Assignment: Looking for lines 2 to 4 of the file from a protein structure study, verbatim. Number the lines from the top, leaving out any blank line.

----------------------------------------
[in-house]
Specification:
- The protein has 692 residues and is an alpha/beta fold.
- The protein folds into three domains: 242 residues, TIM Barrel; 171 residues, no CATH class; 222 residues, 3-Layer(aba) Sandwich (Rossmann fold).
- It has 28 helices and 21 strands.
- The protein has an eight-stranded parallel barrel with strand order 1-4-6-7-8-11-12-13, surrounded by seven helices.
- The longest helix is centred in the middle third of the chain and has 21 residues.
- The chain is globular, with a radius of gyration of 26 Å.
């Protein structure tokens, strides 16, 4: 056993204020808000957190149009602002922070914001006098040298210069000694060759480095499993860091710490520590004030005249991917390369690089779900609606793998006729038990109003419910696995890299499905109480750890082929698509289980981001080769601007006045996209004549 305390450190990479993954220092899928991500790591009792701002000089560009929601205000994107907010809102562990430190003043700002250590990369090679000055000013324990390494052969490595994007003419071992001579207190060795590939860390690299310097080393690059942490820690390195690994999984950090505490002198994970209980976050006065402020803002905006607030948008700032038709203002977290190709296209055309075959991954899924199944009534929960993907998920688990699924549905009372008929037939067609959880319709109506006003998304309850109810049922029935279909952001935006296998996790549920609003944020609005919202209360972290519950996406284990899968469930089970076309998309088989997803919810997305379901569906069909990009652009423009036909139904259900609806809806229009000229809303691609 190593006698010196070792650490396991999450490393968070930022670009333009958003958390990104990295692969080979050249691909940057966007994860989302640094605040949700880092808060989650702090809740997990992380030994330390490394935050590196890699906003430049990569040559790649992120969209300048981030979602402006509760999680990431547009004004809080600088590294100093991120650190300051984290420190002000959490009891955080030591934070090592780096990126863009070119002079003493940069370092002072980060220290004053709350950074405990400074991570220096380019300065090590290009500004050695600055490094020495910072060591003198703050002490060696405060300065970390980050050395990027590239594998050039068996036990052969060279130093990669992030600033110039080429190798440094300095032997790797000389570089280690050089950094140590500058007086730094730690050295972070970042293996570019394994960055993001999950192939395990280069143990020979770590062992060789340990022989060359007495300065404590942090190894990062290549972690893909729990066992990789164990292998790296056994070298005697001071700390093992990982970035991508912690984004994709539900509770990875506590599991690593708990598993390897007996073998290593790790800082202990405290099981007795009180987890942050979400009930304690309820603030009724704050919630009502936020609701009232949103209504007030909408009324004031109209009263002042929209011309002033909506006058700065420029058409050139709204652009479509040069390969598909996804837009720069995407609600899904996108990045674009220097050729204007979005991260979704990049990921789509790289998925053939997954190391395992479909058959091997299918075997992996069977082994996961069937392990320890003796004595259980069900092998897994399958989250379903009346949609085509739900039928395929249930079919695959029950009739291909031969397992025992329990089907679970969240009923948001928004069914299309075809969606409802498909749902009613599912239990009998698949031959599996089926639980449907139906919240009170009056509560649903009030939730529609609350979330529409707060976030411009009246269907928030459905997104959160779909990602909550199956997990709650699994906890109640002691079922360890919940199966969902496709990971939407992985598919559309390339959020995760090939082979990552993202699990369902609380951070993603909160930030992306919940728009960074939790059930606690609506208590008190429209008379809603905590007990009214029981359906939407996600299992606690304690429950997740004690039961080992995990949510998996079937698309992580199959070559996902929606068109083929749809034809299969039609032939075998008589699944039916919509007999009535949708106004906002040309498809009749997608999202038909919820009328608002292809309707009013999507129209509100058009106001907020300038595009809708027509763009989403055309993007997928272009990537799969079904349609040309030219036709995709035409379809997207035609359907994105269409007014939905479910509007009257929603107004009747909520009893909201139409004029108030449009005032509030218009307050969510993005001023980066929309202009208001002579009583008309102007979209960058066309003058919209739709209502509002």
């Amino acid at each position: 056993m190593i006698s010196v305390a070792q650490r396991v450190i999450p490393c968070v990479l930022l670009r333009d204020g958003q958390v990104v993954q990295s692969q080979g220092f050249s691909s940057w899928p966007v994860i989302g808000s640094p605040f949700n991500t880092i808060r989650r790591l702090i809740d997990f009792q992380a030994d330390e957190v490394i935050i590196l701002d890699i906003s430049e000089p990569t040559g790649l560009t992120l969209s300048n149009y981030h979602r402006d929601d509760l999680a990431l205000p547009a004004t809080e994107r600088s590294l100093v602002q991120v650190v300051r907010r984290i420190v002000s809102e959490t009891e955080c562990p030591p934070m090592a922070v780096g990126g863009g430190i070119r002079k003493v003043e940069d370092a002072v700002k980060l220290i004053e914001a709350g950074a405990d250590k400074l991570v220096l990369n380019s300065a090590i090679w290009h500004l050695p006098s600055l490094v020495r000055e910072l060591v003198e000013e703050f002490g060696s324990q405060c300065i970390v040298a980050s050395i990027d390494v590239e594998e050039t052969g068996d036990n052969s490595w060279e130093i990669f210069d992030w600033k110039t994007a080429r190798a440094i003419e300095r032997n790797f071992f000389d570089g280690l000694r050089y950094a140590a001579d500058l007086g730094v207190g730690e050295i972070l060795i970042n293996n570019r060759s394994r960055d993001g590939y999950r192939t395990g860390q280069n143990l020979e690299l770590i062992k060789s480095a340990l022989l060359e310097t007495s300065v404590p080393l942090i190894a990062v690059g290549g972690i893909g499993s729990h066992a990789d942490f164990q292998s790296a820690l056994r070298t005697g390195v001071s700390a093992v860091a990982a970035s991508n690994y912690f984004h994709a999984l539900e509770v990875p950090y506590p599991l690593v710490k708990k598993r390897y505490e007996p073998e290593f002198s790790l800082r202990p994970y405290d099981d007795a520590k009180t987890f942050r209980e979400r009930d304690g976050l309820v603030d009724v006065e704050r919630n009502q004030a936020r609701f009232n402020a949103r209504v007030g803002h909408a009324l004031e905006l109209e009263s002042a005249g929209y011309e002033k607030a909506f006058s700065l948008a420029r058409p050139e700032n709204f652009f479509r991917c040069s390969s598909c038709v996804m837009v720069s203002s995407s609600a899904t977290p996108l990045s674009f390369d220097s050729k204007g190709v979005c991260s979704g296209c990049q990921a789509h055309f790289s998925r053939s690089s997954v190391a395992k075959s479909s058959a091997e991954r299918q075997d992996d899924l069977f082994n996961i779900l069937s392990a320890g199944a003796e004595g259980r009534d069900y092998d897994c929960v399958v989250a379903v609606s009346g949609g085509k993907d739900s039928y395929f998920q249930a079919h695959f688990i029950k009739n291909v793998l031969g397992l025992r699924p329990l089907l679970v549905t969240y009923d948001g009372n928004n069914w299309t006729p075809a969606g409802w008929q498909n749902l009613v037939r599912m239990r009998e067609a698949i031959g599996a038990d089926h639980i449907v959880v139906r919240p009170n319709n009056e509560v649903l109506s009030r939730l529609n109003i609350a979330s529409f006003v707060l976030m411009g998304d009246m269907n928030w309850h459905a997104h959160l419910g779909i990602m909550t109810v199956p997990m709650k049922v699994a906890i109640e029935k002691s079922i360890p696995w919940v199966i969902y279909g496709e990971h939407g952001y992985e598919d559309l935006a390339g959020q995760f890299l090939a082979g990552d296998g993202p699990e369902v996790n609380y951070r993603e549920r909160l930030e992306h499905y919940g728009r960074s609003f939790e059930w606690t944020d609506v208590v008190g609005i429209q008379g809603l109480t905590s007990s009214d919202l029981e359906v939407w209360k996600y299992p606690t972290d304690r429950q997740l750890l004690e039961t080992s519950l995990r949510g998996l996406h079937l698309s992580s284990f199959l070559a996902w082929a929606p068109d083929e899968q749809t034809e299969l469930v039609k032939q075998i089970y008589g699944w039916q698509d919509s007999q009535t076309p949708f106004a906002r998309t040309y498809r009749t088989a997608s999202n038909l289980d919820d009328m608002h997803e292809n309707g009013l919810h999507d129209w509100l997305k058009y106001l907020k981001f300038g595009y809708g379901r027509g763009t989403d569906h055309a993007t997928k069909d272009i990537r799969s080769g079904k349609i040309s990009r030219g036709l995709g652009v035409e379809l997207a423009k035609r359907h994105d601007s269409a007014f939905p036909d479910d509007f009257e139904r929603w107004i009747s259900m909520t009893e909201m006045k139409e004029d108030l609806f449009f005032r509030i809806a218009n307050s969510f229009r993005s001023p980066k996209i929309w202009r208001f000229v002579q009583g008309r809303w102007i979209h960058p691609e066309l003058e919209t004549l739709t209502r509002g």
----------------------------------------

Specification:
- The protein has 692 residues and is an alpha/beta fold.
- The protein folds into three domains: 242 residues, TIM Barrel; 171 residues, no CATH class; 222 residues, 3-Layer(aba) Sandwich (Rossmann fold).